Little Bear Canyon from TJ Corral

No short text A hike through piñon-juniper along a ridge with great views, and then through a dramatic slot canyon to the Gila River. A great day hike in the Gila Wilderness.

Hike data:

Controlling agency: Gila National Forest; Wilderness Ranger District
Region: Southwest; Gila.
start: 5669ft; 1728m end: 5669ft; 1728m
min: 5669ft; 1728m max: 6400ft; 1951m
elevation gain/loss: 764ft; 233m.
Length: 8.26mi; 13.30km. Round-trip distance to the river.
surface: mixed dirt/rock
condition: Good to excellent, although part of the trail is in a stream in the canyon.
ease of following: Easy
obstacles: None.
Horses sometimes use the trail.
Fee: $0.00.
Season: All year. Snow in winter can be a problem. However, we regularly hike the Gila (including this trail) in winter without problems. Beware thunderstorm season, as the canyon would be bad in a flash flood.
Dogs: Yes.
Bikes: No.
Handicapped accessible: No.
General notes: The trailhead is a long drive from most everywhere. This is a good hike to do if you are already camping in the area.
Trailhead facilities: vault toilet(s), water.
Hike attractions: geology, scenery.

When we hiked it:

Date: 2000-12-27
Time it took us: 4:30.
Usage (people/hour): 0.00. We saw nobody, but this is probably due to the time of year we were hiking.
Cleanliness: 9.


Waypoint Type Description
LBCGRTrail junctionJunction of Little Bear Canyon trail (729) and the trail along the middle fork of the Gila River (157)
TJCORLTrailheadTJ Corral trailhead
TJWBTrail pointWilderness boundary on Little Bear Canyon trail
TJX1Trail junctionStock bypass and Little Bear Canyon trail junction
TJX2Trail junctionJunction of Little Bear Canyon trail (729) and forest trail 164


Paper maps:
Map name Cartographer Year Scale Topo map? Online access Notes
Gila National Forest US Forest Service 1997 1:126720 N from Amazon (purchase) South half
Gila Wilderness US Forest Service 1984 1:63360 Y from Amazon (purchase) East half
Mogollon Mountains BLM 1987 1:100000 Y from Amazon (purchase)
Wildernesses of New Mexico US Forest Service 1981 1:1000000 N No online copies. Base map with national forests, wilderness areas and highways.

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Getting to the trailhead:

From near Silver City, take NM 15 to near the Gila Cliff Dwellings National Monument. The trailhead is about a mile from the Gila Visitor's Center. Along the road to the cliff dwellings, a short distance after you turn off of NM 15, you will see the sign for TJ Corral. Unfortunately, at the moment, I have no better instructions. However, few roads exist in this area. If you are unsure, ask at the Gila Visitor's Center.
No short text

About the hike:

Diana at the trailhead
The trailhead is at a corral. You start by walking through Piñon, Juniper, and Scrub Oak.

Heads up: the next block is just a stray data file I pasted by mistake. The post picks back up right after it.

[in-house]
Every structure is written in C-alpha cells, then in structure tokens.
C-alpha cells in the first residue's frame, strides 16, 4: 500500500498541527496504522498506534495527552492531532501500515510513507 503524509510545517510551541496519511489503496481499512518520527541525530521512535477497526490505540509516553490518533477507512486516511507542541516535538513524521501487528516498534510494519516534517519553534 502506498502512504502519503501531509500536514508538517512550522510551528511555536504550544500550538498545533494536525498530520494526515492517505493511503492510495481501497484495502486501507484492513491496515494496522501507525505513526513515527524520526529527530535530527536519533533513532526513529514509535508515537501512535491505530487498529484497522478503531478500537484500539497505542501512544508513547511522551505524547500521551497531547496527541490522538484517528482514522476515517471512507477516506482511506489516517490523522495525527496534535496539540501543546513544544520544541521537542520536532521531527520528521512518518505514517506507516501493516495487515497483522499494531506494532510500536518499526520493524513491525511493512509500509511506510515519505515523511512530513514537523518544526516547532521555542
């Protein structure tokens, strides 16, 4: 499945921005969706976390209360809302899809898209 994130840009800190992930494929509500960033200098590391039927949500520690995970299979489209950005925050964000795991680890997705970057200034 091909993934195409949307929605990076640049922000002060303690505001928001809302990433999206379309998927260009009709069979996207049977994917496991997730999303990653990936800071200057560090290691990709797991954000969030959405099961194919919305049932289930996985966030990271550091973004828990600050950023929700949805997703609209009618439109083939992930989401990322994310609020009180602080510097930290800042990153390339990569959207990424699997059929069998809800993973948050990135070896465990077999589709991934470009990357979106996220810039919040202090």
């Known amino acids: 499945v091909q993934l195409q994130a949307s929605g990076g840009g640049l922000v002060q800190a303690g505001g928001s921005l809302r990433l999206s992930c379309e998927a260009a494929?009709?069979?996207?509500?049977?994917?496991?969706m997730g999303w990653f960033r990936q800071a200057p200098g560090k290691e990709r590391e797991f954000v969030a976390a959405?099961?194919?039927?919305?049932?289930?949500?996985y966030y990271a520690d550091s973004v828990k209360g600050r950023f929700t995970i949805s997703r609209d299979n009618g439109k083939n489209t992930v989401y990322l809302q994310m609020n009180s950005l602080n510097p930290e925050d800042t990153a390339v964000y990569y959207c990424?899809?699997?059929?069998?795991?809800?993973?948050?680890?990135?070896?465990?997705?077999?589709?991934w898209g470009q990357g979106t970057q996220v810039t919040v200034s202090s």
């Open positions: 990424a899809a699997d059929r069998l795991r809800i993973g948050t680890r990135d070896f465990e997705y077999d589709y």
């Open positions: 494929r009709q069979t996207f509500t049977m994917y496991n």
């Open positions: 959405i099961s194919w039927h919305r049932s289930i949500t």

After about 1/4 mile, you reach a junction with the sign pictured right (TJX1). Go right.
Kenneth at TJX1
Kenneth at TJWB
After a short distance with a gentle climb, you arrive at the wilderness boundary (TJWB). Honestly, I do more than just look at the GPS when we hike :-).

As you are hiking this part of the trail, you are rewarded with several nice views, like the one Diana took looking WNW.

The elevation change so far has always been gentle, but with an upward trend. After the wilderness boundary, the trail starts to descend into a canyon, but then comes back up and stays near the ridge.

View WNW
The rock meadow
An interesting place that the trail goes through is a "rock meadow". The area looks like a meadow, but you are walking on bedrock.

The next junction you reach, TJX2, is almost the high point in the trail. At this sign, go straight, towards the middle fork.

Diana at TJX2
View WNW from the high point of the trail

After about 10 minutes more hiking, you reach the high point of the hike. From here, you can get another nice view WNW.

Another 10 minutes of hiking and you will begin to descend into the Little Bear Canyon.

The trail crosses a (hopefully dry when you hike it) streambed. In fact, sometimes it is hard to tell if the trail is supposed to be in the streambed or not.

You also pass a dry waterfall with a small shelter cave on your left. It looks like a lot of water comes over this fall at times.

The canyon is notably cooler than the hike on the ridge.

The streambed the trail crosses many times
A small waterfall of ice
After a little time in the canyon, the stream has water in it. When we hiked, it was cold enough to make an ice waterfall. Click on the image to see the larger image, as the smaller one does not do it justice.
Diana will write more here about this iron seep and all the fun bacteria that live there. Look at the larger version of the picture because, again, the small one does not do it justice.
An iron seep
Ice in the stream

The canyon walls get much closer, and it becomes a slot canyon. While quite dramatic, this would not be a fun place in a thunderstorm when a wall of water came rushing through the canyon.

This photo is another one that you really need to see larger to get the full effect. The ice over the stream was beautiful.

We noticed another shelter cave on the left, and a cave on the right. We wondered what animals use these caves.
A cave in the canyon wall
Where Little Bear Canyon meets the Gila River

Shortly after the cave, the canyon arrives at the Middle Fork of the Gila River (LBCGR). This area looks like it would be a nice place to camp. A sign indicates that you can return to the visitor center by following the river for 6 miles. This would make the hike a loop and add about three miles. Since we were going to run out of daylight, we went back the way we came. However, we will return and make it a loop at some point, because the walk down the river looks beautiful.

A sign says that it is 4.25 miles to TJ Corral from here.

Plants we saw along the trail:

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